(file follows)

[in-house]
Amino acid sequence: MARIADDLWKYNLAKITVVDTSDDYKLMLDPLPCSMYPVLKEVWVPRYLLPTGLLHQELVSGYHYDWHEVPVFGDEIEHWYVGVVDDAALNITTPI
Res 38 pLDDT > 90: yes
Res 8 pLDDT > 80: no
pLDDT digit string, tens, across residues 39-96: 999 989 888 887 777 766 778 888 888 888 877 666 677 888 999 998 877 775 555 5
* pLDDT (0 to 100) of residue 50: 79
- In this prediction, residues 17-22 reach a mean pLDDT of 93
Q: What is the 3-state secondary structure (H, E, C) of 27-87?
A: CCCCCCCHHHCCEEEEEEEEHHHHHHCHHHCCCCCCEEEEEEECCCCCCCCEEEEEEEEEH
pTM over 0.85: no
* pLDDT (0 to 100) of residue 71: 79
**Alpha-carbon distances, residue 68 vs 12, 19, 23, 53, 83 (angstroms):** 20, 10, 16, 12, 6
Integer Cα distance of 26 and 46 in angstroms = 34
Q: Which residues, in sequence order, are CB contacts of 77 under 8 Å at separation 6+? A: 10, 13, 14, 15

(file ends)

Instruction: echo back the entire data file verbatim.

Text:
[in-house]
Amino acid sequence: MARIADDLWKYNLAKITVVDTSDDYKLMLDPLPCSMYPVLKEVWVPRYLLPTGLLHQELVSGYHYDWHEVPVFGDEIEHWYVGVVDDAALNITTPI
Res 38 pLDDT > 90: yes
Res 8 pLDDT > 80: no
pLDDT digit string, tens, across residues 39-96: 999 989 888 887 777 766 778 888 888 888 877 666 677 888 999 998 877 775 555 5
* pLDDT (0 to 100) of residue 50: 79
- In this prediction, residues 17-22 reach a mean pLDDT of 93
Q: What is the 3-state secondary structure (H, E, C) of 27-87?
A: CCCCCCCHHHCCEEEEEEEEHHHHHHCHHHCCCCCCEEEEEEECCCCCCCCEEEEEEEEEH
pTM over 0.85: no
* pLDDT (0 to 100) of residue 71: 79
**Alpha-carbon distances, residue 68 vs 12, 19, 23, 53, 83 (angstroms):** 20, 10, 16, 12, 6
Integer Cα distance of 26 and 46 in angstroms = 34
Q: Which residues, in sequence order, are CB contacts of 77 under 8 Å at separation 6+? A: 10, 13, 14, 15